We all want to be well and avoid sickness, but unfortunately as we know it can’t be taken for granted.
During the winter months many will catch flu and colds, and in the States alone over $40 billion dollars annually is spent just to feel better; not to be healthier, but just to alleviate the symptoms. Happily, I’m pleased to say that some people are looking for an alternative to this constant popping of pills. There is a new buzzword which has appeared over the last decade, that of “wellness”. Even hospitals are starting to tout programs that focus on wellness.
“The sickness business in reactive. Despite its enormous size, people become customers only when they are stricken by and react to a specific condition or ailment. No one really wants to be a customer.” “The Wellness business is proactive. People voluntarily become customrs – to feel healthier, to reduce the effects of aging, and to avoid becoming customers of the sickness business. Everyone wants to be a customer of this earlier-stage approach to health.” – Paul Zane Pilzer, The Wellness Revolution
The problem is though, most MD’s who staff these hospitals have little to no training in wellness vs. disease care. These highly trained MD’s, who focus on disease care and treatment do a great job, as of course do emergency doctors. However, medicine has thus far unfortunately failed at the “wellness game”. Today we are starting to see more and more “functional medicine” practitioners who use holistic measures such as vitamins, herb, minerals and other natural means, such as spinal manipulative therapy. Most are not doctors of medicine, but practitioners of various persuasions, including chiropractors, who understand that wellness does not necessitate the use of pharmaceuticals. The goal of wellness is to increase our immune system, to increase our immunity to various viruses and disease causing bacteria as part of an overall health plan.
Recently, research done at the Universities of Madrid and Jaen in Spain, found a clear link between immunity and chiropractic care. The explanation is complex and involves the relationship between adrenocortical function and immunity. There is impressive evidence that small amounts of the stress hormone cortisol, a chemical produced by the human adrenal cortex, is necessary for the development and maintenance of normal immunity. It has been found that if your cortisol levels go too low or too high, this can lead to regular infections, chronic inflammation, autoimmune diseases or allergies. Maintaining a balanced level of cortisol is an important part of staying healthy.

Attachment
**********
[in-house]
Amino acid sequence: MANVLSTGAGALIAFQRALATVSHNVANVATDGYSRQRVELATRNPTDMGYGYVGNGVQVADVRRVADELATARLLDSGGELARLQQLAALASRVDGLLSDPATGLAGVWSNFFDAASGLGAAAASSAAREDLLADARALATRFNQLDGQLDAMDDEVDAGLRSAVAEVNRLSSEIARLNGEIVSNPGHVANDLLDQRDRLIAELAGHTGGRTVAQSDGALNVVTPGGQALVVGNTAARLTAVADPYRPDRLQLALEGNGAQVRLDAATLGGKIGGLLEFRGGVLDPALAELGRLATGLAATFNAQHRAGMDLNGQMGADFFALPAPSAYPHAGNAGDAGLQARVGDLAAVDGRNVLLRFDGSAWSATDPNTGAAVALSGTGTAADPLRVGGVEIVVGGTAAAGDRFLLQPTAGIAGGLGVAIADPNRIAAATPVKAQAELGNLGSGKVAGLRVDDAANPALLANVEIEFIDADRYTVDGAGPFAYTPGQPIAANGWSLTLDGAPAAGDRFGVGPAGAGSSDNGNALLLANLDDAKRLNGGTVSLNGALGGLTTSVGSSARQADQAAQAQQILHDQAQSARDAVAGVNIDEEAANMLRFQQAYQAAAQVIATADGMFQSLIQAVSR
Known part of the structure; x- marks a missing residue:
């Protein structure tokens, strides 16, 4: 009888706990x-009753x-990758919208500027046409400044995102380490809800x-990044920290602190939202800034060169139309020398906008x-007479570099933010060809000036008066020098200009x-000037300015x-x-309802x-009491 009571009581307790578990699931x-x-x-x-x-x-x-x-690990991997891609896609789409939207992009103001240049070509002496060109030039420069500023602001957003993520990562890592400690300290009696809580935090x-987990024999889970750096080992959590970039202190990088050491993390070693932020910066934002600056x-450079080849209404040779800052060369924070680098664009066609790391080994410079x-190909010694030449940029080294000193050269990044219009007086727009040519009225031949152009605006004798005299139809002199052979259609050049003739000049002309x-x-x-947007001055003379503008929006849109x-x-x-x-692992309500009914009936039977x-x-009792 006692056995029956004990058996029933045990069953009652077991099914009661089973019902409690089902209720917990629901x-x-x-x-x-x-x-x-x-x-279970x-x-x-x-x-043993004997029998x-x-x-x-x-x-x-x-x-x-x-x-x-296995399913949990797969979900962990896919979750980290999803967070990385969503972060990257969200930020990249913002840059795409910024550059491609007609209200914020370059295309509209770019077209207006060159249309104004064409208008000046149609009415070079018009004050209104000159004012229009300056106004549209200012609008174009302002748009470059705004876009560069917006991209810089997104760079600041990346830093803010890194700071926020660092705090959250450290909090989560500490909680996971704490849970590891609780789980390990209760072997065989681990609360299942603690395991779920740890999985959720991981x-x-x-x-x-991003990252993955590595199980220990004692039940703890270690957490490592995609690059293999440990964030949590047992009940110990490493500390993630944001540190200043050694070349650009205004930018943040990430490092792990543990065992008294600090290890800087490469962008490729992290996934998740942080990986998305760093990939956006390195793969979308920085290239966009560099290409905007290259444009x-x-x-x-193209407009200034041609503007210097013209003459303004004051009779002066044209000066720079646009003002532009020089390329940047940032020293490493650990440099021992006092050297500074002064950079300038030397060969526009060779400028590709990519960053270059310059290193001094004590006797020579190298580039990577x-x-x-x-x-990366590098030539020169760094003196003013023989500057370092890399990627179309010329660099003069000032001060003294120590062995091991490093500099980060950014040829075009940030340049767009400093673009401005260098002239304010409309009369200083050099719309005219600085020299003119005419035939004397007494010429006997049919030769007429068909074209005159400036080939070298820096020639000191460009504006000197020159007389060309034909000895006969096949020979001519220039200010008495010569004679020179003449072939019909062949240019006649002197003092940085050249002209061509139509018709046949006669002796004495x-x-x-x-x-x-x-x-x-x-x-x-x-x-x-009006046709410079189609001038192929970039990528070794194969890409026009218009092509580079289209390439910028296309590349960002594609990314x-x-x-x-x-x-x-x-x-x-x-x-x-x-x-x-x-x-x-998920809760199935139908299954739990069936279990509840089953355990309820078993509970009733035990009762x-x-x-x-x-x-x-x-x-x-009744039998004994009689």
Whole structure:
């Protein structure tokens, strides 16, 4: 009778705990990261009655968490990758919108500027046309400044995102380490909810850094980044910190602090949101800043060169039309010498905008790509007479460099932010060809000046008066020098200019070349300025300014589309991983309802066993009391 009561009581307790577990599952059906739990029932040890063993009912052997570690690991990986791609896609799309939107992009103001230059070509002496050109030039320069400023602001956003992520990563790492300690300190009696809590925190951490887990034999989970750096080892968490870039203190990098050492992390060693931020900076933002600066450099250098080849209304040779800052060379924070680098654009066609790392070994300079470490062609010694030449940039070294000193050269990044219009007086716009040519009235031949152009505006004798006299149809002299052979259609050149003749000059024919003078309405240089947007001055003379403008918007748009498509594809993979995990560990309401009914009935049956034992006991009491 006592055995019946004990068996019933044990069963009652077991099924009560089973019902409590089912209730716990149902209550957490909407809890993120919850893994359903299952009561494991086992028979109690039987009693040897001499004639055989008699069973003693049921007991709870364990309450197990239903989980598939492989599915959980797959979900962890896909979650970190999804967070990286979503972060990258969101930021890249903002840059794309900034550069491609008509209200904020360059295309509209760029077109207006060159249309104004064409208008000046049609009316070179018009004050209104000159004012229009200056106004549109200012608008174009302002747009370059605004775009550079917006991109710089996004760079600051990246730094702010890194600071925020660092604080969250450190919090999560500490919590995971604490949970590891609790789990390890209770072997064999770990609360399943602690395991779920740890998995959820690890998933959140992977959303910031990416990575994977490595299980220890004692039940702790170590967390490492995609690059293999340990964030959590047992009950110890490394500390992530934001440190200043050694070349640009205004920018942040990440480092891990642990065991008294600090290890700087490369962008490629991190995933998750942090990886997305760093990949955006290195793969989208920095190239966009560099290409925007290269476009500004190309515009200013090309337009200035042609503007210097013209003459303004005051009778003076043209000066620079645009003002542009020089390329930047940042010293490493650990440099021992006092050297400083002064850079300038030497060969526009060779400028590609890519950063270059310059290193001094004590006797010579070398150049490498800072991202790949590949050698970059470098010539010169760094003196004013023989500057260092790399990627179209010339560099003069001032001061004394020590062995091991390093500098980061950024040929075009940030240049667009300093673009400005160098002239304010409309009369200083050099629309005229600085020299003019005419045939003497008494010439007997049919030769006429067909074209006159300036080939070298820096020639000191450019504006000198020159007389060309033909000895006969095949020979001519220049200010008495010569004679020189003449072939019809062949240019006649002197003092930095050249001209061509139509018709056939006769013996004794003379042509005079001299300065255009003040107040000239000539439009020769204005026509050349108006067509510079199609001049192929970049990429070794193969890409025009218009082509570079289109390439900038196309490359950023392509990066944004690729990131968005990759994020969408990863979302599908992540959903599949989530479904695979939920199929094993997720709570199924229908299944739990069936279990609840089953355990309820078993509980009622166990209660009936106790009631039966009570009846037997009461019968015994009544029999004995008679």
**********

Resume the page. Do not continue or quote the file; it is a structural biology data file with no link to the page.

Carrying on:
One of cortisol’s many functions is to reduce inflammation. When your body encounters a pathogen, the immune system responds by quickly attacking it. This causes inflammation, which is often a good thing (it means the immune system is working). In those with healthy immune and endocrine systems, cortisol works to moderate the inflammation caused by an immune system response, but it does not completely eliminate it.
While studying spinal manipulative therapy, and the chiropractic ‘adjustment’ (high velocity, low amplitude spinal manipulation), it was reported that post chiropractic adjustment of the cervical spine (neck) , there was a sign it can’t increase in cortisol plasma concentration immediately post-intervention. This verifies that chiropractic care has a direct link to the cortisol-immunity connection through the neuro-endocrine (nerve/hormone) reaction.
If you consider your wellness to be important, then to ignore the health of your spine and the closely connected nervous system would be a mistake. Millions of health minded people all over the world make regular chiropractic adjustments an integral part of their health strategy.
The Cost of the Common Cold, American Public Media (2016), Retrieved from: http://www.marketplace.org/2011/01/21/life/cost-common-cold Immunity (2016) Retrieved from: https://en.wikipedia.org/wiki/Immunity_(medical) Jeffries W., (1991) Cortisol and Immunity, Medical Hypothesis, 34, 198-208 Adrenal Fatigue and Your Immune System (2016). Retrieved from: http://adrenalfatiguesolution.com/immune-system/ Plaza-Manzano, G., Molina-Ortega, F., Lomas-Vega, R., Martinez-Amat, A., Achalandabaso, A., & Hita-Contreras, F. (2014). Changes in biochemical markers of pain perception and stress response after spinal manipulation. Journal of Orthopedic and Sports Physical Therapy, 44(4), 231-239. Smith, S. M., & Vale, W. W. (2006). The role of hypothalamic-pituitary-adrenal axis neuroendocrine response to stress. Dialogue in Clinical Neuroscience, 8(4), 383-395.